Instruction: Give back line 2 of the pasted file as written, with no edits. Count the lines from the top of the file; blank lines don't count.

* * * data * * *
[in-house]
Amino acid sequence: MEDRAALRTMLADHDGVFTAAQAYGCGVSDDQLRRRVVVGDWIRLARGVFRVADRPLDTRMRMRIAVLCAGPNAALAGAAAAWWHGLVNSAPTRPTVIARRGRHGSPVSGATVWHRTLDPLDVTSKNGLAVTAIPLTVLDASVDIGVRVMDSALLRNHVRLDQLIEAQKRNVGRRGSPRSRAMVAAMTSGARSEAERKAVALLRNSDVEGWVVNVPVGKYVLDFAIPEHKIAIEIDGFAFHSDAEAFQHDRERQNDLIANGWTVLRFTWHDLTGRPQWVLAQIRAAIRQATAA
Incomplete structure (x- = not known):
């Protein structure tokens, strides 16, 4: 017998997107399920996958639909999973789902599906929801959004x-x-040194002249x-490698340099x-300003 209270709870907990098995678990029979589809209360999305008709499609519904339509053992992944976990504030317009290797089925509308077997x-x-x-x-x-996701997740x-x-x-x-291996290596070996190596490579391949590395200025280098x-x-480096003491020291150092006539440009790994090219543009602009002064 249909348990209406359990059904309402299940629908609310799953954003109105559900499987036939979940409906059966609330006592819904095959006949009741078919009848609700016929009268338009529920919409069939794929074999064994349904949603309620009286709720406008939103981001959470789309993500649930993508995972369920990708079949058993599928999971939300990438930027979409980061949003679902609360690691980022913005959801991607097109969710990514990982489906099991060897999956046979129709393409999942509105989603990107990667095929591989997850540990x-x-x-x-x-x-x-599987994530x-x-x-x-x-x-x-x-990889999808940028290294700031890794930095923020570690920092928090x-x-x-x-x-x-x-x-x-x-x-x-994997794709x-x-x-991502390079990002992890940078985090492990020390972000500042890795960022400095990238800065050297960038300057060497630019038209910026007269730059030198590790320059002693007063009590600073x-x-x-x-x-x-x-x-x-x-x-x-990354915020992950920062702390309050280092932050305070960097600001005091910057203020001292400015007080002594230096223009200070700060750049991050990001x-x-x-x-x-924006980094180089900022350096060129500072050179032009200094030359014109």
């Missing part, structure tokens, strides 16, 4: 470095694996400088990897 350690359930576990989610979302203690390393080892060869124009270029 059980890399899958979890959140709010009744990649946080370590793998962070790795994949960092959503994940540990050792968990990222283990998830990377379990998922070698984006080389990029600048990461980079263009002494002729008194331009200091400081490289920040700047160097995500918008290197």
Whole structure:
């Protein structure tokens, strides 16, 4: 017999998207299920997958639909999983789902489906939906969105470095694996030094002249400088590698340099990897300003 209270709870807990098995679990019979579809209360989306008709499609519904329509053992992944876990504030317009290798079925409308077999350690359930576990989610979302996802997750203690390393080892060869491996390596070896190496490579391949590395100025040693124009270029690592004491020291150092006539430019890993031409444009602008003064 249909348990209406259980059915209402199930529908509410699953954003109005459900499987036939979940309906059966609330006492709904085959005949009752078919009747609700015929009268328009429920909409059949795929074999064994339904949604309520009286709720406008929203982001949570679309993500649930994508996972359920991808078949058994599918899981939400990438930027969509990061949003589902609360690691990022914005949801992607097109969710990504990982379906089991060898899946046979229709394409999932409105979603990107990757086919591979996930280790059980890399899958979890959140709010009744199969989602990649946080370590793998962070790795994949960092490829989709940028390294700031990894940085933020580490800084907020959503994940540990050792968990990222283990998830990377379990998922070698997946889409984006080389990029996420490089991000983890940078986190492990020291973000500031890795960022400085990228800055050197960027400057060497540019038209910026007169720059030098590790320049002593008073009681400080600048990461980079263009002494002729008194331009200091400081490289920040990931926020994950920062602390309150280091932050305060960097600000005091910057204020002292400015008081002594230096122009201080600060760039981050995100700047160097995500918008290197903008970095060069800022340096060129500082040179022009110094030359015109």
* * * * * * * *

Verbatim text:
Amino acid sequence: MEDRAALRTMLADHDGVFTAAQAYGCGVSDDQLRRRVVVGDWIRLARGVFRVADRPLDTRMRMRIAVLCAGPNAALAGAAAAWWHGLVNSAPTRPTVIARRGRHGSPVSGATVWHRTLDPLDVTSKNGLAVTAIPLTVLDASVDIGVRVMDSALLRNHVRLDQLIEAQKRNVGRRGSPRSRAMVAAMTSGARSEAERKAVALLRNSDVEGWVVNVPVGKYVLDFAIPEHKIAIEIDGFAFHSDAEAFQHDRERQNDLIANGWTVLRFTWHDLTGRPQWVLAQIRAAIRQATAA